LOD: What is it Good For? Bringing on Data Exchanges

The Building and Construction industry globally continues to struggle to find clarity around the usefulness and correct application of Level of Development (LOD).

LOD is a measure of confidence and reliability of information at the various stages. When initially introduced, LOD filled a void and allowed project teams and particularly those downstream to understand the content and reliability of the model data they could expect to receive. Since its acceptance as a standard of reliability and integration within Building Information Modeling (BIM) and 3D models, it has been largely exposed to broader interpretation in relation to its application and what it is expected to deliver.

The LOD Specification document, published by the BIM Forum, http://bimforum.org/lod/ which is derived from the AIA G202-2013 Building Information Modeling Protocol Form document, helps to clarify the LOD concepts by objects and their attributes. It has now been adopted by many as a default industry standard and used as a basis for contracts. This may be pushing the LOD Specification too far. The LOD Specification is designed as a reference guide to assist the industry to specify the reliability of the information at each stage of projects.

Misinterpretation of the role and use of LOD, perhaps masks the bigger issue associated with building model data exchanges. For example, models are often now ill-defined as LOD 200 or LOD 300 rather than containing objects of a particular LOD level. Industry needs to agree on how to exchange data effectively and consistently throughout the project phases on a discipline to discipline basis – both geometric and non-geometric.

Information Delivery Manuals and Data Exchanges:

The building industry globally needs a robust and reliable means of exchanging digital information that is machine readable and easy to check and validate at each stage of development.

buildingSMART, formerly the International Alliance for Interoperability (IAI), has since 1994, aimed to improve engagement and knowledge sharing amongst members and to take the lead in defining user needs and determining open BIM solutions for all, through internationally recognised standards, tools and training.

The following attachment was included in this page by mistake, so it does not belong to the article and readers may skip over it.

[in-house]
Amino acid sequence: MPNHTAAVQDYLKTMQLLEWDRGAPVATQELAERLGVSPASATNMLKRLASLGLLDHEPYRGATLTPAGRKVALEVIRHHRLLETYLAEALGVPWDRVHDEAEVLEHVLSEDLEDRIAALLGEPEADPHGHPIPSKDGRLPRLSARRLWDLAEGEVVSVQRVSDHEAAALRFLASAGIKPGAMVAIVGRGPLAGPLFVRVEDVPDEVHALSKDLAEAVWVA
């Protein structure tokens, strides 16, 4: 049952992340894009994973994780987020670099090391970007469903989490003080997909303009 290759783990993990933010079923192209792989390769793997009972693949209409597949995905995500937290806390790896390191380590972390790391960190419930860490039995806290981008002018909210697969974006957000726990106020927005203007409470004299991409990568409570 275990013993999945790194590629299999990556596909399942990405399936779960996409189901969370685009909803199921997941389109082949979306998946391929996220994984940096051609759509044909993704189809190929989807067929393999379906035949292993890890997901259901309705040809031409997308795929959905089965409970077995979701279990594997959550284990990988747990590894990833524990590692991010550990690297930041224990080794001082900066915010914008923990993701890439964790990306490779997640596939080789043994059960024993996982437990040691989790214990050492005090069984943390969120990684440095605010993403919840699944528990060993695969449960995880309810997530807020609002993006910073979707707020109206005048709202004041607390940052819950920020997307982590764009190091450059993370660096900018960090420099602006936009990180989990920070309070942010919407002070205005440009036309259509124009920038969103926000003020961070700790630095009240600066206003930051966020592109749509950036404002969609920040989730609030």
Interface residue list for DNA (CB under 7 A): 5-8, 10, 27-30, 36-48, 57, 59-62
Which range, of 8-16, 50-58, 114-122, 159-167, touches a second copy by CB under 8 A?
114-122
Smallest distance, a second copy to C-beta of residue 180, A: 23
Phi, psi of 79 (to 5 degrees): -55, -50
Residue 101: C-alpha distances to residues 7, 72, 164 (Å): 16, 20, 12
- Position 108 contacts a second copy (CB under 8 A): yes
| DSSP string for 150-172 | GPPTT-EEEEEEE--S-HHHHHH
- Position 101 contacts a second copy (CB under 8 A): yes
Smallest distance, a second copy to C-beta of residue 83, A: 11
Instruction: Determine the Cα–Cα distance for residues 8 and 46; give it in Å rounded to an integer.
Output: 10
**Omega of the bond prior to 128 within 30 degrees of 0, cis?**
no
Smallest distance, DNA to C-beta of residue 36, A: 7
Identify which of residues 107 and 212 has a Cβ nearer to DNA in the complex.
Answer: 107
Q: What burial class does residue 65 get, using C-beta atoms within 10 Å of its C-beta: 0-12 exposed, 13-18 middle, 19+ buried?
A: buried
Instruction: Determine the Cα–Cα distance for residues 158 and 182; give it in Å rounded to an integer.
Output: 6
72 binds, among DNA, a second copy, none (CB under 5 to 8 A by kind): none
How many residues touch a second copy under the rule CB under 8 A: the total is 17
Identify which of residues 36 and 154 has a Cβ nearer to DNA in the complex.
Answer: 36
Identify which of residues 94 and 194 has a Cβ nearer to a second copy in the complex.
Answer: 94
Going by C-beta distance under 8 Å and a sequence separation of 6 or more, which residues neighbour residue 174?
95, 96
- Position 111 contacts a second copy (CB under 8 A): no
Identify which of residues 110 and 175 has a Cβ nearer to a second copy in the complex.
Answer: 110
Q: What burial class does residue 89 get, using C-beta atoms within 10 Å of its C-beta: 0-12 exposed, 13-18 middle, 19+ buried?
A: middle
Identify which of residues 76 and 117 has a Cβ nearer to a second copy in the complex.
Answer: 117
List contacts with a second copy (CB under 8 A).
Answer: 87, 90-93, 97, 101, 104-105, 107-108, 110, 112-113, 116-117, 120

buildingSMART developed Industry Foundation Classes (IFC) to enable project teams to share information across the variety of software applications used for design, construction, procurement and ongoing operation of a building. At present it is considered the standard in rich data exchange. buildingSMART certifies applications that comply with IFC which provides a platform of industry wide acceptance and use in relation to how data is entered, used and extracted within the model.

buildingSMART developed the ISO 29481-1:2010 ôBuilding information modelling – Information delivery manual – Part 1: Methodology and formatö standard to capture and specify processes and information flow during the lifecycle of a building. The standard provides a methodology for the accurate exchange of data between parties, known as the Information Delivery Manual (IDM). This process helps to create the technical specifications of the project known as the Model View Definition (MVD). The beauty of MVD is that it allows different consultants and contractors to easily access the information relevant to their part of the build.

The Future is Data Exchanges:

buildingSMART has a working group developing IDMs: http://iug.buildingsmart.org/idms/roadmap.

This roadmap covers the full range of project phases and seeks to identify discipline to discipline exchanges. These data exchanges are then more fully defined in MVDs that detail the objects and their properties (or attributes) that should be present. By defining these requirements, it is then possible to automate the exchange and checking of the embodied data. This helps to build confidence and reliability.

Examples are found on the buildingSMART IFC Solutions Factory site: http://www.blis-project.org/IA… . These exchanges are also put in the context of æProcess Maps’ that have æExchange Requirements’.

This is the level of detail in defining building data exchanges on a discipline to discipline basis at different project phases that I think we need in the industry.

Some examples:

The Concept Design BIM 2010 MVD, developed by GSA and CSI from USA, Statsbygg from Norway, and Senate from Finland, is a good place to look for further development of data exchanges. It covers Spatial Program Validation, Circulation/Security Analysis, Energy Performance Analysis and Quantity Takeoff, which enable four types of analyses early in the process to optimise the design and helps to see the application of MVDs.

A more focused IDM is the Information Delivery Manual for Structural Steel by AISC and Georgia Tech. It addresses the exchanges required by the structural steel industry with Exchange Models created by the architect, structural engineer or steel detailing engineer. Table 3 shows exchanges by project stages and the people who will create or receive them. The final table shows the attribute detail expected. https://www.aisc.org/WorkArea/…

Where to from here?:

The IDM Roadmap shows the work still yet to be done to define and refine the full range of exchanges for industry, and buildingSMART welcomes assistance to make this happen.

The need to better define, produce and deliver building and construction data is an urgent issue. LOD has helped to identify the issue but we need to structure data exchan bges more simply for people and more precisely for software.

Perhaps the IDM and MVD work can help here.

For more information contact Scott Beazley, Mitchell Brandtman, +61 2 9541 8000 or email sbeazley@mitbrand.com.